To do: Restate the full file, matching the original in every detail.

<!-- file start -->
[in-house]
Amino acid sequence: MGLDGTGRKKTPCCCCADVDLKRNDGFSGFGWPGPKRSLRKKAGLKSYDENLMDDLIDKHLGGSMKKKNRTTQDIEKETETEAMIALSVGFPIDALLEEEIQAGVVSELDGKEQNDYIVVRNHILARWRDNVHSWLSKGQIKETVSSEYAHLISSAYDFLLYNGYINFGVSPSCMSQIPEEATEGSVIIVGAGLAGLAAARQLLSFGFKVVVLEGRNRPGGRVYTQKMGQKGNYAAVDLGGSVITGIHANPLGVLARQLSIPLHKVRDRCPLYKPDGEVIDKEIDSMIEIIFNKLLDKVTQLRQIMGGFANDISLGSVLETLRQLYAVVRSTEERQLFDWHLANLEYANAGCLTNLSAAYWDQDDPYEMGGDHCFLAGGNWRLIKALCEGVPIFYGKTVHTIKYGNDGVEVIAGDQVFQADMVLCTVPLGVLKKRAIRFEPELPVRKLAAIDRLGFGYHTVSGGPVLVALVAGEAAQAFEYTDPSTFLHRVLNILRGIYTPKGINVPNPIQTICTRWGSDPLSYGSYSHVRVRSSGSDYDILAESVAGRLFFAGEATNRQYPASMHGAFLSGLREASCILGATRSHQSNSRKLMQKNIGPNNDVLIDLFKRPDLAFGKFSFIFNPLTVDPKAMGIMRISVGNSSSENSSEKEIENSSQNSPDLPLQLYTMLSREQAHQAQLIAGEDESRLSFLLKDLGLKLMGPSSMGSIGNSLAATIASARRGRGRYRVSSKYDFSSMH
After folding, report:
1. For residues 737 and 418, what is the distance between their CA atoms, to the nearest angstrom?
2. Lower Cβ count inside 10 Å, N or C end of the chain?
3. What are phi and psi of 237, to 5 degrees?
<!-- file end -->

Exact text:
[in-house]
Amino acid sequence: MGLDGTGRKKTPCCCCADVDLKRNDGFSGFGWPGPKRSLRKKAGLKSYDENLMDDLIDKHLGGSMKKKNRTTQDIEKETETEAMIALSVGFPIDALLEEEIQAGVVSELDGKEQNDYIVVRNHILARWRDNVHSWLSKGQIKETVSSEYAHLISSAYDFLLYNGYINFGVSPSCMSQIPEEATEGSVIIVGAGLAGLAAARQLLSFGFKVVVLEGRNRPGGRVYTQKMGQKGNYAAVDLGGSVITGIHANPLGVLARQLSIPLHKVRDRCPLYKPDGEVIDKEIDSMIEIIFNKLLDKVTQLRQIMGGFANDISLGSVLETLRQLYAVVRSTEERQLFDWHLANLEYANAGCLTNLSAAYWDQDDPYEMGGDHCFLAGGNWRLIKALCEGVPIFYGKTVHTIKYGNDGVEVIAGDQVFQADMVLCTVPLGVLKKRAIRFEPELPVRKLAAIDRLGFGYHTVSGGPVLVALVAGEAAQAFEYTDPSTFLHRVLNILRGIYTPKGINVPNPIQTICTRWGSDPLSYGSYSHVRVRSSGSDYDILAESVAGRLFFAGEATNRQYPASMHGAFLSGLREASCILGATRSHQSNSRKLMQKNIGPNNDVLIDLFKRPDLAFGKFSFIFNPLTVDPKAMGIMRISVGNSSSENSSEKEIENSSQNSPDLPLQLYTMLSREQAHQAQLIAGEDESRLSFLLKDLGLKLMGPSSMGSIGNSLAATIASARRGRGRYRVSSKYDFSSMH
After folding, report:
1. For residues 737 and 418, what is the distance between their CA atoms, to the nearest angstrom?
2. Lower Cβ count inside 10 Å, N or C end of the chain?
3. What are phi and psi of 237, to 5 degrees?